Some will have longer legs and folded ears, while others might have short legs and upright ears. This means they might more closely resemble one of their parents rather than a combination of both. In these cases, many breeders tend to lower the price if they aren’t short-legged or sport those adorable, folded ears.


2. The folded ears can be a sign of later health problems

Unfortunately, as cute as the folded ears are, it can also be an indication of future joint issues as these cats mature. The more folded over the ears are, the more likely that they will live in pain for a large part of their lives.


3. The term “munchkin” is more about the legs

The Scottish Fold Munchkin isn’t that much shorter than other cats, so it’s all about those short little legs. The name “Munchkin” was taken from “The Wizard of Oz”!

Temperament & Intelligence of the Scottish Fold Munchkin

Both the Scottish Fold and Munchkin breeds are known to be sweet and affectionate cats, so you can expect the same with the Scottish Kilt. They expect plenty of attention from their families and form strong bonds with their owners.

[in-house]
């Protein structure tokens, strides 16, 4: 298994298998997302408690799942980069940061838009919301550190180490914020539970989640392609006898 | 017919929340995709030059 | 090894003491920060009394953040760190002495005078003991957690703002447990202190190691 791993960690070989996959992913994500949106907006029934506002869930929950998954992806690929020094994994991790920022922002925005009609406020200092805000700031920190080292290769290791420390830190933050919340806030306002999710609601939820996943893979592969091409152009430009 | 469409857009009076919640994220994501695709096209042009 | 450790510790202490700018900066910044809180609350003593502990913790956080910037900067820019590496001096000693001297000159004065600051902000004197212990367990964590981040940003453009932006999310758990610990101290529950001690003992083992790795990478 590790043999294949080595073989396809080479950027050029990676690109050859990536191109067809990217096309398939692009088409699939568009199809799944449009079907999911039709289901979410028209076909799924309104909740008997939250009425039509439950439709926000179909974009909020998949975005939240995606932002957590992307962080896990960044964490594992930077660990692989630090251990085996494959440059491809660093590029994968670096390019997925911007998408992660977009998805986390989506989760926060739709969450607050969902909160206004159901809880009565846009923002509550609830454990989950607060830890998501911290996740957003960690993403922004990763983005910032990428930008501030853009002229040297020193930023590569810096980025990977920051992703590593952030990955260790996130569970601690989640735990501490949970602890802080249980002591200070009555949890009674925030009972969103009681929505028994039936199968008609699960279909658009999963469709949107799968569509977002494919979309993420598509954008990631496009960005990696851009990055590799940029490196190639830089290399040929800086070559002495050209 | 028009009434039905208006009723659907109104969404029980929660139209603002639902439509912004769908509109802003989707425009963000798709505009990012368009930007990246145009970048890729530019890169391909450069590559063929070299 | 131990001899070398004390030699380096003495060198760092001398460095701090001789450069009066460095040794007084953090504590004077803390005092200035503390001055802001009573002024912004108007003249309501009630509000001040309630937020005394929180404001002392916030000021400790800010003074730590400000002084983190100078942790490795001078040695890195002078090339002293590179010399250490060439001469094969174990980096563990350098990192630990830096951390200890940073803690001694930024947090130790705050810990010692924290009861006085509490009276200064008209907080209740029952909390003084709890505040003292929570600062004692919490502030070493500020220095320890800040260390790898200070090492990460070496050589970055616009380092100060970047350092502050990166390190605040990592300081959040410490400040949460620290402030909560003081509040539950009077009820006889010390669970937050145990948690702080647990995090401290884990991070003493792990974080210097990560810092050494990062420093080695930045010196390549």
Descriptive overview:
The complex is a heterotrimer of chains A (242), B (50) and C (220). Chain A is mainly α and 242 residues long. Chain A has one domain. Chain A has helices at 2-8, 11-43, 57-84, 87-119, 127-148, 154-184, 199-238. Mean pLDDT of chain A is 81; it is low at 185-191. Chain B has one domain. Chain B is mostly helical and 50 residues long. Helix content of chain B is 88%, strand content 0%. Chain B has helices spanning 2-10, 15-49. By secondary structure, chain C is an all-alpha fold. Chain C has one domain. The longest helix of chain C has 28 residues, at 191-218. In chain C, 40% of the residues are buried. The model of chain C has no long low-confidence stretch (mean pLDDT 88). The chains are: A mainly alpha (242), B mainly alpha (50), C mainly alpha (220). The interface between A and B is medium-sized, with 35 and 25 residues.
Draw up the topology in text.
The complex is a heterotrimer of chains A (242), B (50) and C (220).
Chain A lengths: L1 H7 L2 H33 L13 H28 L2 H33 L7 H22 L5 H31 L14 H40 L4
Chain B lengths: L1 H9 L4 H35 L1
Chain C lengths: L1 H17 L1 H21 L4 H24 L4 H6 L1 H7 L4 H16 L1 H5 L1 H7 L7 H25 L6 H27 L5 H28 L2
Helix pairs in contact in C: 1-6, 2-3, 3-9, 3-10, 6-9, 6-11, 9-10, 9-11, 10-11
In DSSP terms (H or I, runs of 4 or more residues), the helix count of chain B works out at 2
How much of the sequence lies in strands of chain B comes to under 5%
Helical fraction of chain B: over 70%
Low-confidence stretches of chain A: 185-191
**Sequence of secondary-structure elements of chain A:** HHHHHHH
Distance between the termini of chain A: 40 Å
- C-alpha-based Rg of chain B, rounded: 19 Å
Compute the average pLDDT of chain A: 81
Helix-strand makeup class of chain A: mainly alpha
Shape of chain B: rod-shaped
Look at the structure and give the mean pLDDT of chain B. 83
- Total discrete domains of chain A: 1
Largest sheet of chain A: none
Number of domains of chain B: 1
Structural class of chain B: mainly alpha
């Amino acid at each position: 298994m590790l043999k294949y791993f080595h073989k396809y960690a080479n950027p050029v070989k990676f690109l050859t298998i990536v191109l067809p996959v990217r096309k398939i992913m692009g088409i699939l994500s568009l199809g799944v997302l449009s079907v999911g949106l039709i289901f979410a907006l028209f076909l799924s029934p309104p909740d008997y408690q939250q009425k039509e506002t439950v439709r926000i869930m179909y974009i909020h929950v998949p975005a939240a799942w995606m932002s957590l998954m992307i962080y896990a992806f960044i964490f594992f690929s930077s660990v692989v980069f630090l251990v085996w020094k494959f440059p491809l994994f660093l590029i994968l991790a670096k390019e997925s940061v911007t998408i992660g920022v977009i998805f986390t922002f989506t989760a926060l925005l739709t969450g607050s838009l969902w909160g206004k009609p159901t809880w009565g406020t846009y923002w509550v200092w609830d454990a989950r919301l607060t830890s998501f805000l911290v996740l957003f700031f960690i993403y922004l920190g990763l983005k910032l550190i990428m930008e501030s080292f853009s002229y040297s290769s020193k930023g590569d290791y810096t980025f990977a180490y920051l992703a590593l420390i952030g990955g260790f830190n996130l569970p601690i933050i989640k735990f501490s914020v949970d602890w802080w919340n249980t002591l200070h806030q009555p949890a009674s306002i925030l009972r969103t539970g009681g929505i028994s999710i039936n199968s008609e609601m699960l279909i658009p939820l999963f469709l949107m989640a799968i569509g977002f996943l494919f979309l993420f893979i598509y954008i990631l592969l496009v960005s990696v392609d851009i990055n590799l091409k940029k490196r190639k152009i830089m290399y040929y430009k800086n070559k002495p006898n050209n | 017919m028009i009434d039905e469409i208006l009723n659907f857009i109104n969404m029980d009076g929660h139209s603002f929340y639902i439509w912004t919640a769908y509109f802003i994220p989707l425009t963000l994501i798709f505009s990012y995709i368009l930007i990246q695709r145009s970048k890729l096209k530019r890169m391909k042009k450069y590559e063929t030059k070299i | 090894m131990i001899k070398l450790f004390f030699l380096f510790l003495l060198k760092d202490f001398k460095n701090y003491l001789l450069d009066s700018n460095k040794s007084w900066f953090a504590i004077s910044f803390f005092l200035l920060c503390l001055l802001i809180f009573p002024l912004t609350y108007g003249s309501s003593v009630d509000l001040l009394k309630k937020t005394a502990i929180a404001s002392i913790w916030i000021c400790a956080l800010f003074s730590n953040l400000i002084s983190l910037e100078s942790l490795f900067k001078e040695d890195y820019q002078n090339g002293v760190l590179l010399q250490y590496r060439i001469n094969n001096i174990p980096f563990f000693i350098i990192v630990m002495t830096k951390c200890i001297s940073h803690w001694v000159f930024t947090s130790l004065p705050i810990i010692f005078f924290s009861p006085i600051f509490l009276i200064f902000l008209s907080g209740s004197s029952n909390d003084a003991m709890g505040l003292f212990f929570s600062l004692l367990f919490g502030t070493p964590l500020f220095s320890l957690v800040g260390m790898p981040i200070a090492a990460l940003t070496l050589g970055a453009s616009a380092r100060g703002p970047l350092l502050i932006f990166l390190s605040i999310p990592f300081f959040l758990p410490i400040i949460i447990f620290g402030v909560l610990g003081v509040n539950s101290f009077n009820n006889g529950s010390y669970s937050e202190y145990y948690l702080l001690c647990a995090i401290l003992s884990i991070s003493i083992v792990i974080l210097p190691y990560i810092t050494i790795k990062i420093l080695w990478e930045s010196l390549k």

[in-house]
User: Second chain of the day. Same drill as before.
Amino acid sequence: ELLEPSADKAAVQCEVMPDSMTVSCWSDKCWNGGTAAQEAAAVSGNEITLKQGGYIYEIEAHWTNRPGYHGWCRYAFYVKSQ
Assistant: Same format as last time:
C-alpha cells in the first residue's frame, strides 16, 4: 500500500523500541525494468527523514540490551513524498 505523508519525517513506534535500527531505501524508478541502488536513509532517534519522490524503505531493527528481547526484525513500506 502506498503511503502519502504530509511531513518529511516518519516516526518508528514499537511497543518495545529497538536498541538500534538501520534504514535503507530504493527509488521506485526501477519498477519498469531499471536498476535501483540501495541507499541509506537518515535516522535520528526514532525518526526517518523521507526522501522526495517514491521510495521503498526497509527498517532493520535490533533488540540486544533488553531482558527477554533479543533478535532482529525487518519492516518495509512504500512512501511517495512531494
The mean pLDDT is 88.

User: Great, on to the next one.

Both the Scottish Fold and Munchkins are intelligent cats, so the Scottish Fold Munchkin is also smart. They might even take to playing fetch with you!

Are These Cats Good for Families?

The Scottish Kilt is wonderful with children, and their affectionate and playful natures will make them fun pets for the family. However, always keep a close eye on younger children while they are interacting with these cats, as we want everyone to remain safe.

Does This Breed Get Along With Other Pets?

The Scottish Fold Munchkin is known to get along well with other pets — cats and dogs are all welcome in the Scottish Kilt’s world.

Things to Know When Owning a Scottish Fold Munchkin

Food & Diet Requirements

When you bring your new Scottish Kilt home, the breeder or rescue group (or wherever you got your cat) will typically send food along too. You can either continue to purchase the same food for your cat or if you want to switch to a new one, start adding it to your cat’s old food and do a gradual switch. This can help avoid any gastrointestinal problems.

You should also provide your Scottish Kilt with canned food and constant access to fresh and clean water. You can consider a cat fountain, as the extra water that your cat will most likely drink (and through their canned food), can help prevent future kidney disease.

Exercise

You would think that the Scottish Fold Munchkin with their short little legs would be not that active, but these cats are playful and energetic. You can invest in toys, like feather wands, and you will have one happy and entertained cat!